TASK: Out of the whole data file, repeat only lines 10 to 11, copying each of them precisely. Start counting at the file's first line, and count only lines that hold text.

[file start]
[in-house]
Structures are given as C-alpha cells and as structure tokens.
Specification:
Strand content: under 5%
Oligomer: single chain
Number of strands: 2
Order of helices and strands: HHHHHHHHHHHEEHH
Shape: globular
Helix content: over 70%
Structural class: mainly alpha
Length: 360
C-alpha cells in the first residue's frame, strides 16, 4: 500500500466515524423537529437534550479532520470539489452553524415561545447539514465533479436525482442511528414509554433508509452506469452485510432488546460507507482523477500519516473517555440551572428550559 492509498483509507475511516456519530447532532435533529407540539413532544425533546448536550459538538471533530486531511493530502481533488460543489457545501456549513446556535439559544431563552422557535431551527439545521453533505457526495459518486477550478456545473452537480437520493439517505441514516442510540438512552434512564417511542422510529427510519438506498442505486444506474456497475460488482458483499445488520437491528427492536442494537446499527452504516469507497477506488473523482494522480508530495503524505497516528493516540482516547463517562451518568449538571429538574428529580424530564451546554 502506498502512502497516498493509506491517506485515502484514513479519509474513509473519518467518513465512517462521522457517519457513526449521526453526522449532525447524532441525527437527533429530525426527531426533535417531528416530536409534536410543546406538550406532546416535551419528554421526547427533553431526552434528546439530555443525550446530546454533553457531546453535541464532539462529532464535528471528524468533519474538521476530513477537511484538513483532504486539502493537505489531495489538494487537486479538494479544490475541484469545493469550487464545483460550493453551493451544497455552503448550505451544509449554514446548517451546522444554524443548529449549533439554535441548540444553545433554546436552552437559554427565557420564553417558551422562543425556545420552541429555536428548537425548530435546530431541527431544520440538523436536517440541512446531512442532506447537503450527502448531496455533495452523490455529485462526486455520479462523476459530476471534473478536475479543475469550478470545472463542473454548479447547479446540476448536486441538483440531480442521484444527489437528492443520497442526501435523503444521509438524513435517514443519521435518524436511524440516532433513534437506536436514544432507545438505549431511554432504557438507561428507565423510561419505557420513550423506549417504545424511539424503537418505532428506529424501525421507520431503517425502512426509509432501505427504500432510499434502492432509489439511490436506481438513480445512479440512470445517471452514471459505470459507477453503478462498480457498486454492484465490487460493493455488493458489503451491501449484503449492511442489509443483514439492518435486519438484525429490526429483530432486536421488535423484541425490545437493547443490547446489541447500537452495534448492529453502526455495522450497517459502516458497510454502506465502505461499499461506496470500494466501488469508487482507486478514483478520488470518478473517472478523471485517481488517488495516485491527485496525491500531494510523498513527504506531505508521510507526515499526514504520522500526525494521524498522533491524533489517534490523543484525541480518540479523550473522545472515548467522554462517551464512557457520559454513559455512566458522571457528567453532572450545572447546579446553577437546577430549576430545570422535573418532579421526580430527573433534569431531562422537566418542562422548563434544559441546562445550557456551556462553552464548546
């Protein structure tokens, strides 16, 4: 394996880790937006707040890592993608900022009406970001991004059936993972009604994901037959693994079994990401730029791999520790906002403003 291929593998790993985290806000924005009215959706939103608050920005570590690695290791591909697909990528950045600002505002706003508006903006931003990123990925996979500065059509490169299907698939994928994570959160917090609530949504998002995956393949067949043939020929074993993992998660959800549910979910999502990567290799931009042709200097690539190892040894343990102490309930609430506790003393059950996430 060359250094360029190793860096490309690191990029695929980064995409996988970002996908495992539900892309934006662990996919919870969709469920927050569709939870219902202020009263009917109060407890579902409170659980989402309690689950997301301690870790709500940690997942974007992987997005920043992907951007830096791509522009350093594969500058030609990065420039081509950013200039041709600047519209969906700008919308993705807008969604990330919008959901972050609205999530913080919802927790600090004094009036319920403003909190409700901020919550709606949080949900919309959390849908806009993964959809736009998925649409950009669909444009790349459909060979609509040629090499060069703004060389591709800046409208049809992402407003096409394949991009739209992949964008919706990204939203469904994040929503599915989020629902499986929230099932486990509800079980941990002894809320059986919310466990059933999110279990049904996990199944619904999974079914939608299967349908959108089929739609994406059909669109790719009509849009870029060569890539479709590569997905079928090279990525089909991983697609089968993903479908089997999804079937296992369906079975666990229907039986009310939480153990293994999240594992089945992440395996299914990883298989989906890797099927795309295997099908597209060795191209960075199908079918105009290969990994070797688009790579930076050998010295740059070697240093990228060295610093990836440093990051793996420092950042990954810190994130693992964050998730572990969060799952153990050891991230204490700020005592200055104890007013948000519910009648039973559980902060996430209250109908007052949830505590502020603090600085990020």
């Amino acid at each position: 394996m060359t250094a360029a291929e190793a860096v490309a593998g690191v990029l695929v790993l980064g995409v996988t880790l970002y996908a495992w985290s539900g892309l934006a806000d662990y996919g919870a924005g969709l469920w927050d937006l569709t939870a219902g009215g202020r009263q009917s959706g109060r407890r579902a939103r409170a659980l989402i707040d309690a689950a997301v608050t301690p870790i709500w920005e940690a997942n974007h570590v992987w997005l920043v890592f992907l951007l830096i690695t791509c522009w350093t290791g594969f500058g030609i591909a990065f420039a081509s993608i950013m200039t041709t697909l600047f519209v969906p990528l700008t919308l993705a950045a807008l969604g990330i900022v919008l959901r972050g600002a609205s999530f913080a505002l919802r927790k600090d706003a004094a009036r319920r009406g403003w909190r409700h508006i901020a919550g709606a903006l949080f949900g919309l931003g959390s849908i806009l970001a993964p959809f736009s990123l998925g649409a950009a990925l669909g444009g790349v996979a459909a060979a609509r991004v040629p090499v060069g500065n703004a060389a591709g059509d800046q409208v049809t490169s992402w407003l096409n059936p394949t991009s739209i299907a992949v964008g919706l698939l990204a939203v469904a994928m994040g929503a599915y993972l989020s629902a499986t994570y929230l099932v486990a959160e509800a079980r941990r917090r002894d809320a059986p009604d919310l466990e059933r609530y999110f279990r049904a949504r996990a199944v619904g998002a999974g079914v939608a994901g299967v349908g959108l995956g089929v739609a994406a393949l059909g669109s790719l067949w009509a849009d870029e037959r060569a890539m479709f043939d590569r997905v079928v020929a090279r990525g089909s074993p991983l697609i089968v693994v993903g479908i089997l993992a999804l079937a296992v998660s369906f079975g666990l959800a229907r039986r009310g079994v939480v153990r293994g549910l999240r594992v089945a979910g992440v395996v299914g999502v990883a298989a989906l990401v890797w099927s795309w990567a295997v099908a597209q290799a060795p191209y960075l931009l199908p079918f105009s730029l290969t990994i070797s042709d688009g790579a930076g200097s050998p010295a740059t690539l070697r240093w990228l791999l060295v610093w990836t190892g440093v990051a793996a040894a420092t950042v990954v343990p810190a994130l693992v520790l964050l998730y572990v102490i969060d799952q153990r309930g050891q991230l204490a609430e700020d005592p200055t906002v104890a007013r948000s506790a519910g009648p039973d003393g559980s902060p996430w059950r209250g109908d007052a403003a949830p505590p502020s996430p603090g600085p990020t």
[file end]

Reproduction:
Structural class: mainly alpha
Length: 360